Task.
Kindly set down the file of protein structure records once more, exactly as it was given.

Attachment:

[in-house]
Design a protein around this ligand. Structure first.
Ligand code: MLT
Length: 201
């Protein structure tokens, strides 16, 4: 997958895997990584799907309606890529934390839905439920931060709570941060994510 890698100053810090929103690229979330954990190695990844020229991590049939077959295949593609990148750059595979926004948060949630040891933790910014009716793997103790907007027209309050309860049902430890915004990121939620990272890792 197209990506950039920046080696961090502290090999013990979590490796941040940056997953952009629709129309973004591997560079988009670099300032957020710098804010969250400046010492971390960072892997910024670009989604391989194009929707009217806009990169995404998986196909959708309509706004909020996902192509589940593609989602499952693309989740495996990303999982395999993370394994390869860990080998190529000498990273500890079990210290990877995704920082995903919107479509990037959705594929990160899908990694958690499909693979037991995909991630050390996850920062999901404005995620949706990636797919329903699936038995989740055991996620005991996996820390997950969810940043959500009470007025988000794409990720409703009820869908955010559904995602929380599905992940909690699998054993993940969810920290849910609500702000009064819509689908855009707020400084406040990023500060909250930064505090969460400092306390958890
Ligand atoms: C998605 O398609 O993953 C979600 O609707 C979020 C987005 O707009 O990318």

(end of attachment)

[in-house]
Design a protein around this ligand. Structure first.
Ligand code: MLT
Length: 201
């Protein structure tokens, strides 16, 4: 997958895997990584799907309606890529934390839905439920931060709570941060994510 890698100053810090929103690229979330954990190695990844020229991590049939077959295949593609990148750059595979926004948060949630040891933790910014009716793997103790907007027209309050309860049902430890915004990121939620990272890792 197209990506950039920046080696961090502290090999013990979590490796941040940056997953952009629709129309973004591997560079988009670099300032957020710098804010969250400046010492971390960072892997910024670009989604391989194009929707009217806009990169995404998986196909959708309509706004909020996902192509589940593609989602499952693309989740495996990303999982395999993370394994390869860990080998190529000498990273500890079990210290990877995704920082995903919107479509990037959705594929990160899908990694958690499909693979037991995909991630050390996850920062999901404005995620949706990636797919329903699936038995989740055991996620005991996996820390997950969810940043959500009470007025988000794409990720409703009820869908955010559904995602929380599905992940909690699998054993993940969810920290849910609500702000009064819509689908855009707020400084406040990023500060909250930064505090969460400092306390958890
Ligand atoms: C998605 O398609 O993953 C979600 O609707 C979020 C987005 O707009 O990318």